IoT Evolution Expo kicked off its’ 17th event this morning at 9 am with a welcome from Fred Yentz, the CEO of Telit. At the time I was just landing at the airport from DC so unfortunately, I can’t share what he said but I’m pretty sure it was awesome.
However, I can share some of my takeaways from the various presentations and panels that I attended between meetings. I’ll also share my overall thoughts from Day One. So let’s get into it!
Telit Rapid IoT Development Kit
This presentation focused exclusively on Telit’s Rapid IoT Development Kit, described as the “swiss army knife of connectivity”.
The dev kit includes an LTE cellular antenna, lithium polymer battery, GPS, USB and mini-USB cords, power supply, EVK-4 development board, and DB9 M/F 9C serial cable. It’s priced at $149 — quite a bit of value for a relatively low price.
- To enable IoT applications, it needs to be easy to get a prototype up and functional quickly and cost effectively.
- Makers represent a significant and growing market for these kinds of products. Telit is pushing hard to provide low-cost and easy-to-use components to get a system working quickly.
- It’s important to couple these hardware dev kits with software tools. I saw this a lot at the NYC Maker Faire back in October. This allows makers to not waste time on the basics of making the system work, focusing instead on testing out interesting applications.
- “It’s all about the experience”. This holds true for any and every IoT application. You need to focus on the use case, how is this actually valuable to the end-user? Rapid prototyping allows individuals or organizations to test their value proposition early, ultimately allowing them to get to a better finished product in less time and at a lower cost.
From Sensors to Cloud
Alex Mateo, Industry Manager for Smart Cities at Libelium, spoke about complete smart city solutions. He delved into specific applications for smart cities, the challenges of deploying solutions, and the future of smart cities.
- Smart cities require buy-in from multiple constituents. To get the major/city council/citizens/etc. on board with a smart city initiative, they need to understand the value, costs, and timeline.
- This ties into a larger theme with IoT applications, the value needs to be clear for people or organizations to invest. For cities that do make the investment, as much as 26% of the costs of the city can be cut. It just takes upfront investment, then that saved money can be put towards education, public safety, etc.
- Smart cities are a necessity. By 2050, it’s projected that 75% of people on Earth will live in cities. Smart cities help cut costs, keep people safer, and have less impact on the environment by being more energy and resource efficient.
- Sensors that are increasingly more accurate and cheaper will enable better insights and ultimately greater savings (be that energy, cost, etc.).
Panel: How to Generate Revenue with IoT
Steve Brumer, partner at 151 Advisors, moderated a panel with three speakers…
Tim Acker, Vice President, Mobility & Connected Solutions at SYNNEX,
Scott Scheuber, Director of Product Management at U.S. Cellular, and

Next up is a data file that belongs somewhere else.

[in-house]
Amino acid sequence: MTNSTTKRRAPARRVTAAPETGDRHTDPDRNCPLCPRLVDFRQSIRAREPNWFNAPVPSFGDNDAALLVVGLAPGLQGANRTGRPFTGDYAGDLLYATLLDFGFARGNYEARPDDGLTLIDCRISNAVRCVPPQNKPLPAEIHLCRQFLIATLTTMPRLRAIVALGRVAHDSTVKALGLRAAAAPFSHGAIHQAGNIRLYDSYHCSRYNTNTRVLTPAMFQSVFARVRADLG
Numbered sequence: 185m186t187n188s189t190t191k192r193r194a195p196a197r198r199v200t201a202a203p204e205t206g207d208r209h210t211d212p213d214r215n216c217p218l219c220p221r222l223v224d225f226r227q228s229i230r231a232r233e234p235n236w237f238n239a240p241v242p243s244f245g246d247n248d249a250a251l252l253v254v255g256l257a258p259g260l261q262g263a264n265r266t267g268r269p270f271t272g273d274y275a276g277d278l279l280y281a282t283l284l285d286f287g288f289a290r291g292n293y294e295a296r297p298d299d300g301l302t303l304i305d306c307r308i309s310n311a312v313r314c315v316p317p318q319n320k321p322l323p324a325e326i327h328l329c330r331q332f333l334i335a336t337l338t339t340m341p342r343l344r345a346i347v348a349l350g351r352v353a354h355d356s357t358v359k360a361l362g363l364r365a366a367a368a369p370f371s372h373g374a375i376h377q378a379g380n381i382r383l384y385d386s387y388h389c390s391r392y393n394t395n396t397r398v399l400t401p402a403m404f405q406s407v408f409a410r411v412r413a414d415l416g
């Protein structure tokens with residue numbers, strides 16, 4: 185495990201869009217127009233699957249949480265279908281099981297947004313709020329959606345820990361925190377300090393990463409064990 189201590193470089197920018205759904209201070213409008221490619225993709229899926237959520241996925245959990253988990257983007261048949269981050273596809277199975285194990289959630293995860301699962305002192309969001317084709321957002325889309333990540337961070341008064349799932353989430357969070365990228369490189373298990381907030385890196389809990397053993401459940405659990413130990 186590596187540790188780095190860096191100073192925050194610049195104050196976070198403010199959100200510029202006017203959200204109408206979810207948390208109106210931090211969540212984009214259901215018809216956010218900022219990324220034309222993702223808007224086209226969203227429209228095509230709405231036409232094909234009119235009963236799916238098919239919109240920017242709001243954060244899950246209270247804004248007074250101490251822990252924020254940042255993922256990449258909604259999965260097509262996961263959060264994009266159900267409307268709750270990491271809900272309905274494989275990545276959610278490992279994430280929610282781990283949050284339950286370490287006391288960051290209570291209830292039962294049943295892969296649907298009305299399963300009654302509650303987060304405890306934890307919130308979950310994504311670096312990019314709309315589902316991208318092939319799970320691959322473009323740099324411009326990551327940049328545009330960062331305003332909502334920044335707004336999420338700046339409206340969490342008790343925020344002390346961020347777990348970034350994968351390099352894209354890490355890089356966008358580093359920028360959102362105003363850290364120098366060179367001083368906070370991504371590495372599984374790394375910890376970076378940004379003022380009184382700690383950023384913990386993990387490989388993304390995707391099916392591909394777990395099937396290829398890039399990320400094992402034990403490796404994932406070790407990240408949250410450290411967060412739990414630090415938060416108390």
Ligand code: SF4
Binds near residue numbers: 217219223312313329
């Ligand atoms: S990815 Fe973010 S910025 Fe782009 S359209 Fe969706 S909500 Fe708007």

Jeff Pedro, Sr. Director, IoT Business Development at Connected Development.
- It’s not enough to have something that’s connected, there needs to be a why. Why is adding connectivity valuable to the end-user?
- It all comes down to customer needs. Businesses need to identify what customers need and find a solution. You can’t simply address wants — you need to go further.
- Consumer education on IoT is still lacking. Only 15% of population understands what IoT is. This means that you either need to educate the customer yourself (through marketing of some kind) or educate resellers so that they can sell your product to uneducated consumers. To do either, it’s important to have a compelling story that captures the value of what you’re selling.
- Simplicity is key. Since education is still lagging behind, anything too complex will encounter difficulties.
- Verticals matter. Tim suggests following federal money. If there’s some kind of mandate (such as regulations), businesses are forced to seek solutions and IoT can be a great answer. Such verticals might be transportation or utilities.
- When asked where they would invest if they had $10 million, Jeff said wearables (huge potential market, just need to overcome physical constraints), Scott said utilities (opportunity to modernize network), and Tim said public safety (many cool innovations coming out in this space).
At CES 2017, we saw too many consumer devices that were made “smart” for absolutely no reason. It’s heartening to see at IoT Evolution Expo that many companies have realized that it’s all about the user experience.
For any IoT application, it’s critical to consider the use case and the end-user. What value is actually being added? Then, there needs to be a means of rapidly prototyping and testing the use case. This allows for feedback from potential users to refine the product or potentially show that the use case isn’t worth pursuing. Rapid prototyping through simulation of devices can also keep costs low and speed up time to market.
However, there’s still huge room for improvement among IoT companies. Despite the realization that the focus needs to be on the user, many of the interfaces seem like they haven’t been updated in over a decade.
IoT continues to be built by engineers largely for engineers, and it will take a focus on user experience and human-centered design to finally bring IoT mainstream.